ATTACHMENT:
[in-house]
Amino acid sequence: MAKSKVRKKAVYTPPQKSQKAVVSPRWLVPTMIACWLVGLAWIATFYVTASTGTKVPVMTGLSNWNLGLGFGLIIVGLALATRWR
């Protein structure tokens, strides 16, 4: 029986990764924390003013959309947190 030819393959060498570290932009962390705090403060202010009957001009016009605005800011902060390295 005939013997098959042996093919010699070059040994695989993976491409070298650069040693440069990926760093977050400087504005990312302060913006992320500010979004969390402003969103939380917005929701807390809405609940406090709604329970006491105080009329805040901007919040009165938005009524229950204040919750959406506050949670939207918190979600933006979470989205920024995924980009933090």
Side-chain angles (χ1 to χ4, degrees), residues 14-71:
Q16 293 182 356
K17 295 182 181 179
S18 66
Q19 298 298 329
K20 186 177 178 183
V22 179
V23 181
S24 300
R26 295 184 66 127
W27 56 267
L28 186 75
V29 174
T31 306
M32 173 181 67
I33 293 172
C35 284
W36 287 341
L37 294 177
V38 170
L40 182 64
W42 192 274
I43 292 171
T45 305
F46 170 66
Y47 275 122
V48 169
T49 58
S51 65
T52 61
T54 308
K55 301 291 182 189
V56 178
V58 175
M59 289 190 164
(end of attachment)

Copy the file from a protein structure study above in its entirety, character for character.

[in-house]
Amino acid sequence: MAKSKVRKKAVYTPPQKSQKAVVSPRWLVPTMIACWLVGLAWIATFYVTASTGTKVPVMTGLSNWNLGLGFGLIIVGLALATRWR
């Protein structure tokens, strides 16, 4: 029986990764924390003013959309947190 030819393959060498570290932009962390705090403060202010009957001009016009605005800011902060390295 005939013997098959042996093919010699070059040994695989993976491409070298650069040693440069990926760093977050400087504005990312302060913006992320500010979004969390402003969103939380917005929701807390809405609940406090709604329970006491105080009329805040901007919040009165938005009524229950204040919750959406506050949670939207918190979600933006979470989205920024995924980009933090």
Side-chain angles (χ1 to χ4, degrees), residues 14-71:
Q16 293 182 356
K17 295 182 181 179
S18 66
Q19 298 298 329
K20 186 177 178 183
V22 179
V23 181
S24 300
R26 295 184 66 127
W27 56 267
L28 186 75
V29 174
T31 306
M32 173 181 67
I33 293 172
C35 284
W36 287 341
L37 294 177
V38 170
L40 182 64
W42 192 274
I43 292 171
T45 305
F46 170 66
Y47 275 122
V48 169
T49 58
S51 65
T52 61
T54 308
K55 301 291 182 189
V56 178
V58 175
M59 289 190 164